CAR REVIEW: Some
car buyers are seeking good, reliable transportation. The problem is
that if you opt to go basic, you can end up feeling like youíre stuck in
the generic aisle at Pak N Save. The answer could be the surprising
From its spacious,
luxuriously appointed interior, to its class-leading standard 122
horsepower, and its generous list of standard features, it extracts no
penalty for paying a modest price.
Built in Mexico, but
showing European ancestry, the Versa comes as a four-door hatchback or a
sedan, in S and SL grades. Both hatchback and sedan stand surprisingly
tall, at just over five feet, which gives a greater feeling of openness
inside. Despite its position in the economy section of the market and as
the baby of North Americaís Nissan family, the Versa receives a Midsize
classification from the EPA.
Styling matches up well
with the rest of the Nissan clan. The slab sides borrow from the popular
Altima and sporty 350Z. The window greenhouse on the hatchback model
combines a tiny triangular window in the windshield pillar, much like a
minivan. The hatchbackís blocky rear pillar would be at home on a
Renault. Is Nissan borrowing from its corporate cousin?
The cleanly styled nose
and tail are easy on the eye. I smiled when I realized that the trunk on
the newly introduced sedan, like my Magnetic Gray tester, borrows from
the expensive BMW 7 series - an influential styling trend that was
critically maligned when it debuted but is ubiquitous today.
There is certainly
nothing resembling BMW in the pricing department. My automatic-equipped
tester, in the lower S series, base priced at a mere $13,350. And itís
only $12,630 for one with a manual five-speed transmission. Even with
the options it sticker priced at just $15,390.
The Versaís interior is
a surprise. Itís plush in there. From the suede-covered seats to the
generously padded armrests to the elegantly finished satin trim, it is
remarkable, especially when some recent Nissans have felt a little cheap
in their choice of materials.
All Versas arrive with
a 122-horsepower dual-overhead-cam four-cylinder engine, which moves the
front-wheel-drive, 2,700-pound car along respectably.
There are three
transmissions available. The manual five-speed is standard on most
models, but you can also order a traditional four-speed automatic in the
S model sedan or hatchback or pick Nissanís continuously variable
transmission, the Xtronic CVT, in the SL hatchback. The Versa SL sedan
comes only with the CVT.
transmissions are becoming more popular. They use belts and pulleys
instead of toothed gears to vary the gear ratios in an infinite range to
match the engineís rpm to the current torque requirements. So the ratio
is lower when climbing a grade, but can immediately change to a higher
ratio when it levels out for improved fuel economy. CVTís sound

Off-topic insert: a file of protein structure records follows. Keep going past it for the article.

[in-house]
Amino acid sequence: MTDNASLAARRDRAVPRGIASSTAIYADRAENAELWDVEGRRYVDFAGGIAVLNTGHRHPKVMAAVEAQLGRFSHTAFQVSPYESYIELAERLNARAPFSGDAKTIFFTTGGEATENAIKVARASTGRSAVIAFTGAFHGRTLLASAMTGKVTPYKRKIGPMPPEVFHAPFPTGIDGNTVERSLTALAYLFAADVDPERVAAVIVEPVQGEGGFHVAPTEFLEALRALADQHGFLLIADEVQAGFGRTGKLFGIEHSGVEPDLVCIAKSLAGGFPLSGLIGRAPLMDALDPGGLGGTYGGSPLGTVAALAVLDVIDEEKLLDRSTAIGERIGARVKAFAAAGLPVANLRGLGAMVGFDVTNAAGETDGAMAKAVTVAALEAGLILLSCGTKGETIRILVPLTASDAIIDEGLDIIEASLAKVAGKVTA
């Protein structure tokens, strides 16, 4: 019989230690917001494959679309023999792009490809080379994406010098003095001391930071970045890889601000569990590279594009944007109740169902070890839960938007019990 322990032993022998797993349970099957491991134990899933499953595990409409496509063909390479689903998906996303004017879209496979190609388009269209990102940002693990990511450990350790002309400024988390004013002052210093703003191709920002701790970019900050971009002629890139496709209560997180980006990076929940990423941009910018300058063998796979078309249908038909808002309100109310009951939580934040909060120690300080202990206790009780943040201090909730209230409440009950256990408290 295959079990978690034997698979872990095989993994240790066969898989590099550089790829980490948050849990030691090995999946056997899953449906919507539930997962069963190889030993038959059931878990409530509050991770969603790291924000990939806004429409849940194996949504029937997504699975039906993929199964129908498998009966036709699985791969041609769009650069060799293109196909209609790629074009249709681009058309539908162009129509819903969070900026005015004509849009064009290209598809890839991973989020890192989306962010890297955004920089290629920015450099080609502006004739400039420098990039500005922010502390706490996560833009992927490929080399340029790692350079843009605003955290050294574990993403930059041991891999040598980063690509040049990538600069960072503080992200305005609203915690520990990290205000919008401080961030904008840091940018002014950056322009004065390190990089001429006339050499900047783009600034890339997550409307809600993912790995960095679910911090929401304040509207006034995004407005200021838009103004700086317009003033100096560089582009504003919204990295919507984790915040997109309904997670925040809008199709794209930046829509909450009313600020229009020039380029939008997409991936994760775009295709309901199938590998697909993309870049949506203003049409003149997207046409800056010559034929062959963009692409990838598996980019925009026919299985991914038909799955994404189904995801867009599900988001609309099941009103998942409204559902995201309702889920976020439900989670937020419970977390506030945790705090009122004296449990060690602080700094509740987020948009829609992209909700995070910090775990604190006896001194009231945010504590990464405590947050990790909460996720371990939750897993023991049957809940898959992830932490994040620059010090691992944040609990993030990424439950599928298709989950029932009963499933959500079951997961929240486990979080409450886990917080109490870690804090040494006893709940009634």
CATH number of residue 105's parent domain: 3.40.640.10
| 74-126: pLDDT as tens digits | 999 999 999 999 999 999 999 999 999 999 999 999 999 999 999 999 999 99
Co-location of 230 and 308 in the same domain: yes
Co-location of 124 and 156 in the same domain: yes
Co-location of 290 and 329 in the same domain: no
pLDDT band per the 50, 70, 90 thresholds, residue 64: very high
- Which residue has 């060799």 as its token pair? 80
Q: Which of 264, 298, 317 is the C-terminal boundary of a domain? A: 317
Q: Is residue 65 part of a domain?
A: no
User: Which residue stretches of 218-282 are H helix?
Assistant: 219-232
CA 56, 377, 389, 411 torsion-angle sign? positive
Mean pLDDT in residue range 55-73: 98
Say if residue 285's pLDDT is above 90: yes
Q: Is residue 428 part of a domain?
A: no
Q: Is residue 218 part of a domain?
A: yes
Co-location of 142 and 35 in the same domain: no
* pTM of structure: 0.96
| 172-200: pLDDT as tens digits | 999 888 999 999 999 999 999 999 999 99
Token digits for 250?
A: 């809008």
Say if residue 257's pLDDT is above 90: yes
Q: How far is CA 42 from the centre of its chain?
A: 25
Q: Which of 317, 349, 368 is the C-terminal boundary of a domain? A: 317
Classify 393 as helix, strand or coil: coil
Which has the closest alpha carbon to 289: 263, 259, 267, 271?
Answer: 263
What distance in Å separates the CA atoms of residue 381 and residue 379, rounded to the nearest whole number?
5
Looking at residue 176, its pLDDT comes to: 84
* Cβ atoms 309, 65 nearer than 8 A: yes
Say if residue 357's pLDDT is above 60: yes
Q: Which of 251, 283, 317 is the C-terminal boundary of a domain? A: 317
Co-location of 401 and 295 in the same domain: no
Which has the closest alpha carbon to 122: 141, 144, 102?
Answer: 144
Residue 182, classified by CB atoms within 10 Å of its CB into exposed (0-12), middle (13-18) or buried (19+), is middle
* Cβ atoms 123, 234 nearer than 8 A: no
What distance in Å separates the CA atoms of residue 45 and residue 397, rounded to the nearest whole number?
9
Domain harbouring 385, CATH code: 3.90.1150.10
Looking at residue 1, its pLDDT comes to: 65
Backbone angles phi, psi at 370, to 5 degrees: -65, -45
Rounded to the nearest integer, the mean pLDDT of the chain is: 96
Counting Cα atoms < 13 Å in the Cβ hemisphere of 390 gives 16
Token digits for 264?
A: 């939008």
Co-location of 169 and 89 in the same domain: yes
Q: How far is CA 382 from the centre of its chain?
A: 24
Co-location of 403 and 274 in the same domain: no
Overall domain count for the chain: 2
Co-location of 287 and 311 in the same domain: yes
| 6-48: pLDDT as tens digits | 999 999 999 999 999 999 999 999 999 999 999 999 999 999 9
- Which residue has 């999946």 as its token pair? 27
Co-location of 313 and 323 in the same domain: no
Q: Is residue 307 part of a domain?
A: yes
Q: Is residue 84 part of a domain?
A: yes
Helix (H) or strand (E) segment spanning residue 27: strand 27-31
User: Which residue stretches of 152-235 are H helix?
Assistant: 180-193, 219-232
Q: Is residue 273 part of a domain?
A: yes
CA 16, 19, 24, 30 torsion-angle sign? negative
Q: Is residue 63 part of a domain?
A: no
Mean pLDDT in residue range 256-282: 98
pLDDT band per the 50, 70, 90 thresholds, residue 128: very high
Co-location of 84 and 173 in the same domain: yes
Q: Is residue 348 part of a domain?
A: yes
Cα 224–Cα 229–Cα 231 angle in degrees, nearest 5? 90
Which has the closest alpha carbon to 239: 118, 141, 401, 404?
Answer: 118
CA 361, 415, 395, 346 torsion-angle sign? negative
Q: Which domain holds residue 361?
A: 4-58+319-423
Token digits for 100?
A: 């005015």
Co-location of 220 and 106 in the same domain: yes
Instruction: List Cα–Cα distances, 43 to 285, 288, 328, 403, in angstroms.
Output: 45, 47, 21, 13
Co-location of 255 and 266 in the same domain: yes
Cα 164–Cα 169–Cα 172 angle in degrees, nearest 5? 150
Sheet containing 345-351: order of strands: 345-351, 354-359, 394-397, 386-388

different from ordinary transmissions - like moaning instead of the
familiar ascending sound - but you get used to it.
The Versaís fuel
economy is good, with my automatic-equipped tester getting 24 City, 32
Highway in the EPAís stricter 2008 ratings. The manual transmission
pushes those numbers to 26 and 31 and the CVT beats both with 27 and 33
The EPA Green Vehicle
Guide awards all Versas, regardless of transmission type, scores of 7
for Air Pollution and 8 for Greenhouse Gases - well above average.
The S model comes with
a long list of standard features, including air conditioning with a
microfilter, a four-speaker audio system, variable intermittent wipers,
and a rear window defroster. If you want power windows, door locks, and
remote keyless entry it will cost you just $700 for the complete Power
Package. My tester had this power package along with cruise control at
$200 and antilock brakes for $250, and they are both highly recommended.
For an additional
couple of thousand dollars, the SL level includes plusher seat and door
fabric; six-way seat adjustments instead of four-way; a center armrest;
a substantially upgraded audio system with two additional speakers, dash
CD changer and auxiliary input; and steering wheel controls for cruise
and audio. The driverís sunvisor receives a vanity mirror as passengers
already have one standard in the S. And the power controls and cruise
control that are optional in the S are included in the SL model.
The Versa features
Nissanís Advanced Air Bag System (AABS), which includes dual-stage front
airbags and front seat side-impact airbags. The Versa receives top
five-star ratings for crash safety Ė very comforting to know with a
relatively small vehicle.
The only complaint I
could come up with is that my test carís rear suspension made a
disturbing thumping noise when I went over a speed bump, even at very
low speeds. Otherwise, the car felt like more than the sum of its parts,
and certainly more than youíd expect for the price.
By Steve Schaefer ©
AutoWire.Net - San Francisco
Nissan Home Page
Byline: Car Review provided by Tony
Leopardo © AutoWire.Net
Column Name: The baby of North Americaís
Topic: The 2008 Nissan Versa
Word Count: 875
Photo Caption: The 2008 Nissan Versa
Photo Credits: Nissan Versa Internet Media
Series #: 2008 - 26
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2008 Nissan Versa
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